May 23rd 2016

Form Over Function... The Bench Press

Building the Bench Press:

When two guys who workout meet, a question that's bound to come up in conversation is the ever popular "how much ya bench"? Everyone I meet seems to have a super strong uncle or cousin that benched well over 500 pounds "back in the day" when in reality that 500 was 300 and the bar was about 8 inches above his chest! Don't be one of these people! Leave the ego in the locker room and make sure you are doing the right things to build a bigger bench!!!

I'll discuss the very important technique flaws that are limiting the pounds on the bench!

Aside from actually being strong, technique is the biggest factor keeping you from adding precious pounds to your bench. Typical bodybuilding style bench press is back flat, elbows out wide and bar touching the upper chest area. This not only is inefficient, it also wrecks your shoulders! When competitive powerlifters bench (without the use of supportive gear), they have a visible arch, elbows closer to the body, and touch the bar lower on the chest. While you may not want to look like a contortionist getting set up on the bench, even a small arch in the low back is needed. This helps keep you tight. Tightness is key when pressing big weight. Once your feet are set, don't move them until the set is completed! Squeeze the barbell as tight at possible! Once the bar is un-racked, keep the shoulder blades tucked in.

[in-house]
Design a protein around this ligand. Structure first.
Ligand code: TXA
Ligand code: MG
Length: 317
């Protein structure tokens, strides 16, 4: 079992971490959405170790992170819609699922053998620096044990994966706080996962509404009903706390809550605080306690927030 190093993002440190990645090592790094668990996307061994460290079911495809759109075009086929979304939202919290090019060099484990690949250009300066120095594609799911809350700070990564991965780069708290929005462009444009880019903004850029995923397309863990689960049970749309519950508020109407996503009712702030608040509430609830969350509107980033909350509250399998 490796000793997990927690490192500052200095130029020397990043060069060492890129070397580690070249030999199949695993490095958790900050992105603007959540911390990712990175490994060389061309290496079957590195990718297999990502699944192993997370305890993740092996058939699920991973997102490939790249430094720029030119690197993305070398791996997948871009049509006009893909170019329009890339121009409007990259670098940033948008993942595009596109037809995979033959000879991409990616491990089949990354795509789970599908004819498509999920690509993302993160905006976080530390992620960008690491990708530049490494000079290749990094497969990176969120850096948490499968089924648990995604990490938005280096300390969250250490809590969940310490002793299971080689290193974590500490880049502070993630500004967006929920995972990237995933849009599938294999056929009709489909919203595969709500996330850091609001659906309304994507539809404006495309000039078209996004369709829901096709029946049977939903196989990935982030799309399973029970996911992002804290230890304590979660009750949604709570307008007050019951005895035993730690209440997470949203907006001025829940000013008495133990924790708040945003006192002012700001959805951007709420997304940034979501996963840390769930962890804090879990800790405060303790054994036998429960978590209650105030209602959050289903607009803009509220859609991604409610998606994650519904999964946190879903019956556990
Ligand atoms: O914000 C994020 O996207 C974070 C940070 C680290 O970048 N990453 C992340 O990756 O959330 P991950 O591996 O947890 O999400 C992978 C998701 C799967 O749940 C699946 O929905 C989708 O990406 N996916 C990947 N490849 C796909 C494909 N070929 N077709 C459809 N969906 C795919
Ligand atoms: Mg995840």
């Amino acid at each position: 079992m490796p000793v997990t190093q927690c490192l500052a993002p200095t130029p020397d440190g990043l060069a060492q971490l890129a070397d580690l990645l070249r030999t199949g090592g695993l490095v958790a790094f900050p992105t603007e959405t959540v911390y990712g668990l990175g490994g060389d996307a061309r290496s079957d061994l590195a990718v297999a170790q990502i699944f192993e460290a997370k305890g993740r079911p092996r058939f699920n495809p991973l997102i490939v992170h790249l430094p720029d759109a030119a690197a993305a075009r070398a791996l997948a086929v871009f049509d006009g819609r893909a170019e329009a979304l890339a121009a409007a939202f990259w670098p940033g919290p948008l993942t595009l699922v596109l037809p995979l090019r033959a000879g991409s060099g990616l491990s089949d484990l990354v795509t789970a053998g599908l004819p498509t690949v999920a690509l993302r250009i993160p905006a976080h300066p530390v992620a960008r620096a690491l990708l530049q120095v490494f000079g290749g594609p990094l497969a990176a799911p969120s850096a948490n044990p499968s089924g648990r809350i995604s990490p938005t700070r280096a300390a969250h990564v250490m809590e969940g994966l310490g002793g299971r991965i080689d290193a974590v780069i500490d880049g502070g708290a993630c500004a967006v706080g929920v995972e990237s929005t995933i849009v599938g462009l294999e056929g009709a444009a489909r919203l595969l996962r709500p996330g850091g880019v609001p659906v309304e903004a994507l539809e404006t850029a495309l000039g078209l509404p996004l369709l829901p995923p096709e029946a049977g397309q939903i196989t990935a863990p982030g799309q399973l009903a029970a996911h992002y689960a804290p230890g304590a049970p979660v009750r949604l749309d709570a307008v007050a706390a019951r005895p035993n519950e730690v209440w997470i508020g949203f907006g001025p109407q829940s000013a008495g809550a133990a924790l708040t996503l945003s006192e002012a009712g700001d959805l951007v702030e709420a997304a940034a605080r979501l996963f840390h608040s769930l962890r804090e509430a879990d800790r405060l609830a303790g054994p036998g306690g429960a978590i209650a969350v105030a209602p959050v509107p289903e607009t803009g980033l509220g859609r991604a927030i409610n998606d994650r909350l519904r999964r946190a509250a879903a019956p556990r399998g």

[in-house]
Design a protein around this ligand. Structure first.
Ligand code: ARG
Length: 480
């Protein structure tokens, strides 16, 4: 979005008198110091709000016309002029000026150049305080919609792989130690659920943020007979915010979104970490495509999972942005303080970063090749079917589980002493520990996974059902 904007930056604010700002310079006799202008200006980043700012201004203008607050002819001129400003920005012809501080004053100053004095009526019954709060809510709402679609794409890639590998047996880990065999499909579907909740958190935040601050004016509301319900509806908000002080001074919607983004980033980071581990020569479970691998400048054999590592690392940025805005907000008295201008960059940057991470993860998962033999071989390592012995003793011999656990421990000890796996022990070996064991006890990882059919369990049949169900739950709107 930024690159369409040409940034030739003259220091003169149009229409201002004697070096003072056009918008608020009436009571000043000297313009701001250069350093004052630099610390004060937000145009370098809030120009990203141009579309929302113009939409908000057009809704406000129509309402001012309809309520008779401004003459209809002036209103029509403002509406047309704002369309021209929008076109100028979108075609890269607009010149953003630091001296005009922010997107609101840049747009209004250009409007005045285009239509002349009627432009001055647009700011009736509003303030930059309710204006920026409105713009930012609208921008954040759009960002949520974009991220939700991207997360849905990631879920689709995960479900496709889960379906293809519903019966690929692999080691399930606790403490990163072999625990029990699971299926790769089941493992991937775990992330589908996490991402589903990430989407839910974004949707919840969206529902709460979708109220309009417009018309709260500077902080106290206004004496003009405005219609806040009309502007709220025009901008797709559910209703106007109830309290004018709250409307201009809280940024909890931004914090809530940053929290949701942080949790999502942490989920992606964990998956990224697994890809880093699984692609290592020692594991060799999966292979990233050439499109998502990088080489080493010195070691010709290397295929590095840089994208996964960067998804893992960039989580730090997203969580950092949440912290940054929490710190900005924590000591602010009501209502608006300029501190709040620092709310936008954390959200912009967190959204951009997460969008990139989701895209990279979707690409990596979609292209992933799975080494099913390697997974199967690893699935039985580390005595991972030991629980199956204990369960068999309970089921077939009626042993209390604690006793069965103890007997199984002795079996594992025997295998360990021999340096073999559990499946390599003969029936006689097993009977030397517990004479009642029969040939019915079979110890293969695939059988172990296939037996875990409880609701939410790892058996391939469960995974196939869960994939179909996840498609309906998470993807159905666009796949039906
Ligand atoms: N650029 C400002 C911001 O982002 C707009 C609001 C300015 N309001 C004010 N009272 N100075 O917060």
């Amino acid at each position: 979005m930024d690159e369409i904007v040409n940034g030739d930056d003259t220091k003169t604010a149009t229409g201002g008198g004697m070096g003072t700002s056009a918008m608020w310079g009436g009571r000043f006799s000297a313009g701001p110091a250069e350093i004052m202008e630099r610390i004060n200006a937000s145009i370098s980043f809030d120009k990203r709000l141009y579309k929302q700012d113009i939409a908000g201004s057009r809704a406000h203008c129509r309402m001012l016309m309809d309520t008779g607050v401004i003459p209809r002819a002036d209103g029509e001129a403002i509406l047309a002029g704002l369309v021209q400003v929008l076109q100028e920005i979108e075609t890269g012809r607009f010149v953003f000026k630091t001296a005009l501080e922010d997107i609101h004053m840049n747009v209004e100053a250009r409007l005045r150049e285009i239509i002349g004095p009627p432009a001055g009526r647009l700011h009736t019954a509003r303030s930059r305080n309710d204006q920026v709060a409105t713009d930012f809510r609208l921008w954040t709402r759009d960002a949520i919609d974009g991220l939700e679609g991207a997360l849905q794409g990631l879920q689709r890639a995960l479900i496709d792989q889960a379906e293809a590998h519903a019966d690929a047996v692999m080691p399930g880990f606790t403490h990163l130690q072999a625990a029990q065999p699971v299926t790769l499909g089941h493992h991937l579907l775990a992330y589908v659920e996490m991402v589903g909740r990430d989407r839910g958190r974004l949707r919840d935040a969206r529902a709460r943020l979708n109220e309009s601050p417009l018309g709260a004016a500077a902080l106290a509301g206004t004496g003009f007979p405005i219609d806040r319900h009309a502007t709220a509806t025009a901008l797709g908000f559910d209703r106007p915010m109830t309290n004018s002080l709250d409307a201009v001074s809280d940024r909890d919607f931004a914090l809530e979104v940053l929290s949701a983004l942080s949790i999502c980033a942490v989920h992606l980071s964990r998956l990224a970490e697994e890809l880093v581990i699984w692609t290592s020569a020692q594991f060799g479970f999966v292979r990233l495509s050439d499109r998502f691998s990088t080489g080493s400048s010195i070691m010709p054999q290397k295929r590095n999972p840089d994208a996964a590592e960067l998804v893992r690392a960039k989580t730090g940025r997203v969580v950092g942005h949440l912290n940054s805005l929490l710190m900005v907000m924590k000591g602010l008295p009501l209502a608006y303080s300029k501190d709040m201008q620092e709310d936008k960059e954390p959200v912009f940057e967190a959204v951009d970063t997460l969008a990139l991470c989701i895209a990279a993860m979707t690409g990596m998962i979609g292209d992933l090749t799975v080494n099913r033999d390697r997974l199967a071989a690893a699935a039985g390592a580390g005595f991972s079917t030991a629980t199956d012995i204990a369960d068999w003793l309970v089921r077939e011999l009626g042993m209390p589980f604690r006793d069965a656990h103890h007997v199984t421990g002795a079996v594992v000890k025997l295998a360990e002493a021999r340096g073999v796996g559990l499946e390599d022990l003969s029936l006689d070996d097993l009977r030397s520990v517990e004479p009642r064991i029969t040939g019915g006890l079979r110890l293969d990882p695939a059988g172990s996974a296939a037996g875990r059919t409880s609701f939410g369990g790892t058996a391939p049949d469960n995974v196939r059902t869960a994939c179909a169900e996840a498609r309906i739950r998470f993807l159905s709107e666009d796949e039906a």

Check out the photos below for a visual!

This increases tightness, stabilizes the shoulder joint, and slightly reduces the range of motion: all things that help move the weight more efficiently! Lastly, don't forget breathing. On maximal or near maximal attempts, inhale before the bar descends and don't exhale until it is being pressed to lockout. Foot placement is based on preference. Some with a large arch have feet tucked on the toes, others with better hip mobility can arch and keep the feet flat helping with the leg drive. Play around with this to see what works for you! I'll discuss some accessory lifts for the bench soon. Happy benching!

About George- George has a BS in Sport and Exercise Science from DeSales University and obtained his CSCS from the National Strength and Conditioning Association. He has over 10 years experience working with a wide range of clientele from top-level athletes to older adults and special populations. He also is a competitive powerlifter and enjoys coaching the sport.

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